How Documentation Can Make or Break Projects

Wednesday, June 10th, 2015
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The architecture profession is better known for its “glamour” side – caricatured as flamboyant artists wielding scale rules over drawing boards much as a painter might wield a paintbrush over a canvas.

The reality of course is very different. Project documentation and the importance of highly accurate and detailed construction plans are a long way from the glamour. But when it comes to making or breaking projects, they are an indispensable part of the profession which informed clients realise the true value of.

There is a world of difference between the drawings architects produce for futurist visions of buildings or entire cities, and the working plans needed to create them. The latter is known as documentation and it’s been a poor cousin to design for a long time. This is both unfair and lacking in logic because of the role accurate documentation can play in project feasibility, costing and delivery.

In some companies, documentation is so poorly regarded that it is effectively ‘outsourced’ to low-cost international markets where high volume, cheap drawings are produced based on the designs provided. This is fraught with potential problems because few overseas markets understand fully the nuances of Australian building codes (all of them!) and other regulatory conditions. This can lead to project documents which, if built based on those documents, can result in projects in breach of Australian law, leading to costly remedies to bring them into line.

So why should a project proponent ask not just about the design skills and reputation of any particular architectural practice, but also about their documentation strengths?


The ability to actually build the project as designed is not as straightforward as many believe. Accurate documentation takes into account a variety of issues which can impact on a design’s ability to be realised. If the project involves an extensive renovation or addition, detailed and accurate plans ought to fully reflect the nature of the existing and proposed works, down to location of critical services from waste to energy to data and more. For example, even things as mundane as backup generators have physical dimensions which need to be accurately reflected in plans. Otherwise, entire structures can be thrown into disarray, construction programmes blown out and budgets severely tested.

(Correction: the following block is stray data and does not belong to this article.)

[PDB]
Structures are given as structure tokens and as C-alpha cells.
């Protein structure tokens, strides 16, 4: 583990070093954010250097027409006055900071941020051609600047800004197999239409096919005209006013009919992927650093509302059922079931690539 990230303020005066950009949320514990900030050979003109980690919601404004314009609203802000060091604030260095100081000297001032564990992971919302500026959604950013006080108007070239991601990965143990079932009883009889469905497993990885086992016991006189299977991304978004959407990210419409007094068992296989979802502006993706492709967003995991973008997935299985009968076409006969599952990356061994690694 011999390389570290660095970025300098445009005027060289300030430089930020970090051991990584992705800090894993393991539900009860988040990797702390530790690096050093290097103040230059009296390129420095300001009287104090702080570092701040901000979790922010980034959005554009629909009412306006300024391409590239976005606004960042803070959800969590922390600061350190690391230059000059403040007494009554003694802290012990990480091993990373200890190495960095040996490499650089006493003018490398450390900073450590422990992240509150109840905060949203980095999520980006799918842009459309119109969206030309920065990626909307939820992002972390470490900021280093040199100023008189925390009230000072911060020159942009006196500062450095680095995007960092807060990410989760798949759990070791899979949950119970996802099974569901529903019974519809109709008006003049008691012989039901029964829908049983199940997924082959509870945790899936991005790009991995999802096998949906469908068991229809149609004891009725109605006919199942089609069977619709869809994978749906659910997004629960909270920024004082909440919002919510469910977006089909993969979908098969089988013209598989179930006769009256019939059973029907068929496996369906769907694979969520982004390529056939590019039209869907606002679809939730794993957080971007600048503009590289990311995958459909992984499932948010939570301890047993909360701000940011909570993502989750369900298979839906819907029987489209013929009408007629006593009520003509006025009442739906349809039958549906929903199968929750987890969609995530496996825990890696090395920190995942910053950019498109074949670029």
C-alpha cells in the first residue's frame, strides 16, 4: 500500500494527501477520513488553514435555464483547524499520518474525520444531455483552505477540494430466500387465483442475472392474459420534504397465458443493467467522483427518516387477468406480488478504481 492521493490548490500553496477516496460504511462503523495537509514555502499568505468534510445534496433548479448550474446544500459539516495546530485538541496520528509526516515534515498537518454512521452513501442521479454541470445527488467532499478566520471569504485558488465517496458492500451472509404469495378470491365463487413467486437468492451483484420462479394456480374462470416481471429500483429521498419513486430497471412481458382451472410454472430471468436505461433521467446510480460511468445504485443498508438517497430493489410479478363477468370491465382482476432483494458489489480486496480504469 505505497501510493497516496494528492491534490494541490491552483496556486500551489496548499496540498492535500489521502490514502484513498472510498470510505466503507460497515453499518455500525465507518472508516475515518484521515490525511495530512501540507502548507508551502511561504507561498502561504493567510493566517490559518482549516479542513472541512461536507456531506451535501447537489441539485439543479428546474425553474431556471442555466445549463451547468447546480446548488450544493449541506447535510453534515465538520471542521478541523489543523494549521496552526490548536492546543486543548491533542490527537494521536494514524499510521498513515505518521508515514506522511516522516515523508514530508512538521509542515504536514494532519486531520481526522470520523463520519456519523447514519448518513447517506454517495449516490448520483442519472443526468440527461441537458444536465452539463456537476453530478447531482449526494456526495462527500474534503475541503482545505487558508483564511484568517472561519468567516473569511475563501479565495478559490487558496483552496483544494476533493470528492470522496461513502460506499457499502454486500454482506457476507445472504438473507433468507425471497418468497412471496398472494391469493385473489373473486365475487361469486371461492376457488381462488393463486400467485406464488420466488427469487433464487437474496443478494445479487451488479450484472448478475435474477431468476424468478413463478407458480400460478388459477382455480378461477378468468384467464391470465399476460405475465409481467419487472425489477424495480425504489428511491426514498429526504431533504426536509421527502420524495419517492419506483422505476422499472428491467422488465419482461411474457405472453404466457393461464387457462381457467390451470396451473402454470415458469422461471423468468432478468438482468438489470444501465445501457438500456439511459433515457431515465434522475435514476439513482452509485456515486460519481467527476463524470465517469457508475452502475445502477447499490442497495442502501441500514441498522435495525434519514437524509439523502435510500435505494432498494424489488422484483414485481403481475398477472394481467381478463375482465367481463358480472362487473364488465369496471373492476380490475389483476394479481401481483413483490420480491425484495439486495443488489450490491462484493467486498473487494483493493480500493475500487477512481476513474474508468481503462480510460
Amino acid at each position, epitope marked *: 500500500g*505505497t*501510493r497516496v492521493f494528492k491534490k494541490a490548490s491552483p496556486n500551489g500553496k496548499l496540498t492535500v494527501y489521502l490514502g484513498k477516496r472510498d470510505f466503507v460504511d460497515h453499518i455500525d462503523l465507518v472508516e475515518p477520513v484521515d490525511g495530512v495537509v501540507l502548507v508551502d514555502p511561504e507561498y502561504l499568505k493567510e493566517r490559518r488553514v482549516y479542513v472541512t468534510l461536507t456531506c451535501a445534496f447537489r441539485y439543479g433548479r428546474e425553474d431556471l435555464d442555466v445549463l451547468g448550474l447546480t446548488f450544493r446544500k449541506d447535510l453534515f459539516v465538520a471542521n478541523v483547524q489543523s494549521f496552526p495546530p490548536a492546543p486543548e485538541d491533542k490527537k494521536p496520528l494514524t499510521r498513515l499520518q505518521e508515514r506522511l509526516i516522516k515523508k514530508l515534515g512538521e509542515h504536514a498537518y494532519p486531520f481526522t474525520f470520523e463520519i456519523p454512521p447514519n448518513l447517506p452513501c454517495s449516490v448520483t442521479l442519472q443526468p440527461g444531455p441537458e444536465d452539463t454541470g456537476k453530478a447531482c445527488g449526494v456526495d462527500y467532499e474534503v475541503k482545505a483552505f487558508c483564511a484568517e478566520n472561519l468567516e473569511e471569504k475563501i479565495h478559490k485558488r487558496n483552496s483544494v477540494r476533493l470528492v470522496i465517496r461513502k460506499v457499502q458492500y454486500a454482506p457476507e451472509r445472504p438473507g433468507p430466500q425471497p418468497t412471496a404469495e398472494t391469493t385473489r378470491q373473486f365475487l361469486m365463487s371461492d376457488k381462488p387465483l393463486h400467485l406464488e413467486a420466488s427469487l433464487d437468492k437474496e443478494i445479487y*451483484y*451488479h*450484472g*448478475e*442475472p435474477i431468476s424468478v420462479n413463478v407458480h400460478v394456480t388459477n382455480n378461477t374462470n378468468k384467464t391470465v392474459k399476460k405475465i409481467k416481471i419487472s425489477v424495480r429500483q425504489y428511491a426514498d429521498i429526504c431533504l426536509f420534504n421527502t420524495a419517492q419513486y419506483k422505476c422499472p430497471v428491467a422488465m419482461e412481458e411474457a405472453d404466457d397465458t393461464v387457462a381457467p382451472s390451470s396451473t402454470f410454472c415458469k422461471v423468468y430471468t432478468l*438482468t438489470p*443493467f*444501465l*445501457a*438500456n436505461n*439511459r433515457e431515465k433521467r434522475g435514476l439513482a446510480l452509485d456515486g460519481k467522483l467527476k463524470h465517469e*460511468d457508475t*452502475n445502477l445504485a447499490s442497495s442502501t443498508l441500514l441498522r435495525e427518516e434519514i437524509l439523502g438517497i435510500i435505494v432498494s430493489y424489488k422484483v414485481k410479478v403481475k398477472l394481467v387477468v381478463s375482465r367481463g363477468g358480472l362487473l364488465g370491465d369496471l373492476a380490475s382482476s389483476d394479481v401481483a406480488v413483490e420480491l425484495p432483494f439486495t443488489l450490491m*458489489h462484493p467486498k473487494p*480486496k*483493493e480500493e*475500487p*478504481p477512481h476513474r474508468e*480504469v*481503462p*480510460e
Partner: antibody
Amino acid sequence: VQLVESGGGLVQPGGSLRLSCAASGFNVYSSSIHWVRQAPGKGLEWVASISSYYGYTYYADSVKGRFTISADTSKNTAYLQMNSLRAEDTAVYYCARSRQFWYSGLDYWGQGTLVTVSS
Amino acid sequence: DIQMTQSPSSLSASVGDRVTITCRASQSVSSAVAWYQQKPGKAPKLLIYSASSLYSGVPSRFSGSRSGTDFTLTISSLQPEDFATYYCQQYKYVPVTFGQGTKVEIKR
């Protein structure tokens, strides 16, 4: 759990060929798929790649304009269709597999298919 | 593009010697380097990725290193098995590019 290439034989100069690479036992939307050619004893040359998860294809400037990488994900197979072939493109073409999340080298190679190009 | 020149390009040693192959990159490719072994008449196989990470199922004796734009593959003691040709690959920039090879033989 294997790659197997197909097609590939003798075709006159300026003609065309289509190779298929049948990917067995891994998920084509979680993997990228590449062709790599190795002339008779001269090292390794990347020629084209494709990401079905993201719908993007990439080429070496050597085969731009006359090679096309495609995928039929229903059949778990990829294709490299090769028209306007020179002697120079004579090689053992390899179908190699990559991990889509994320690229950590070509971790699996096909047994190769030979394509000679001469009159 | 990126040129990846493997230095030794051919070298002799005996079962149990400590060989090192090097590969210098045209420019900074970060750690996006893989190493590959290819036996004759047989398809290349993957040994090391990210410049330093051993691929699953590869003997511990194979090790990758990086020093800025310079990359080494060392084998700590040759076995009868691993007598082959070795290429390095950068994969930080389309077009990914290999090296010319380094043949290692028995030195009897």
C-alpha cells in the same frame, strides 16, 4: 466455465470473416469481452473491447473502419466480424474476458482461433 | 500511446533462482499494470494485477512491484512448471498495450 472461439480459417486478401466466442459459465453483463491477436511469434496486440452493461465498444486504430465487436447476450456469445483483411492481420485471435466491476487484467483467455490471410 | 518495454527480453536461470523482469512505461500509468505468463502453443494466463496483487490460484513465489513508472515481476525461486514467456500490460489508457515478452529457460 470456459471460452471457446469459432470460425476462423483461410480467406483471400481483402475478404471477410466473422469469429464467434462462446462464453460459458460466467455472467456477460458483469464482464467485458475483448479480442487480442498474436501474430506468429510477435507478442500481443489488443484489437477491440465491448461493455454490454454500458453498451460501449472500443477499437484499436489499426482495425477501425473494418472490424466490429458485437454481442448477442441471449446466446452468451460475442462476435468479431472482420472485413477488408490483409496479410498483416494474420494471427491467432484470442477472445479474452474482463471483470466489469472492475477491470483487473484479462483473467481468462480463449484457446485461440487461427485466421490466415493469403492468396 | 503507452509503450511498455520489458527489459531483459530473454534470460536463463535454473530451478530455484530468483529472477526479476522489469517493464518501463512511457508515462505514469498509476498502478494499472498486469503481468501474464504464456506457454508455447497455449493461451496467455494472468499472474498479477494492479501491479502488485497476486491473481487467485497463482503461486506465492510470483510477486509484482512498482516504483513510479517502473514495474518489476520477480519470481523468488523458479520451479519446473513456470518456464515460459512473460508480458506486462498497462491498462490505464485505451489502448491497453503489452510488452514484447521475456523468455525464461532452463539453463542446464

Accurate costing

A significant benefit of engaging architects to provide full sets of detailed documentation is that contractors can be more certain of what it is they are pricing. For the client, this can mean a more competitive set of estimates to work from.  If the estimates all come in within a few per cent of each other, you know you’ve provided highly detailed plans to price from, but when there is a large spread in construction estimates, this is often a sign of poor documentation.  You won’t know which price you can really trust.

Less room for variations

Detailed design documentation also means there is less room for variations. This is because the documentation should fully reflect the clients’ intentions, meaning they’ve been encouraged to go into detail up front, rather than being confronted by ‘what if’ options during the course of the build. Clients do change their mind but even here, the basis of what was first intended and the nature of the changes should be easier to quantify and the variation more accurately priced.

Appropriate choice of materials, finishes, and fixtures

In design and construct situations, the details of particular finishes, material choices or fittings can often be left to the contractor. This can be fine if you have a long-standing relationship with the contractor and they are used to the particulars of your needs, but there are cases where it simply doesn’t work. Plaster walls in aged care centres, for example, need to have extra reinforcement to carry the weight of hallway railings. This small detail, if missed, can have expensive consequences in terms of remediation. Then there are issues about whole of life value in materials or fittings choices, which the client may want to last for many years but where the contractor may be satisfied with a life span just beyond the defects and warranty periods, unless specifically instructed to make alternative choices.

BIM: the next phase

The importance of accurate documentation is finding new expression in BIM for project design through to construction and on to management. This is a change that in many respects can’t come quickly enough but even here, it’s important that clients understand that a designer’s approach to using BIM will differ from an engineer, and again from a contractor. Just because all three can use the common BIM platform, doesn’t make them architects any more than it makes architects into builders or engineers. The design process, matched to accurate and detailed documentation which reflects the clients wishes, won’t change whether drawings are produced on drawing boards or keyboards.

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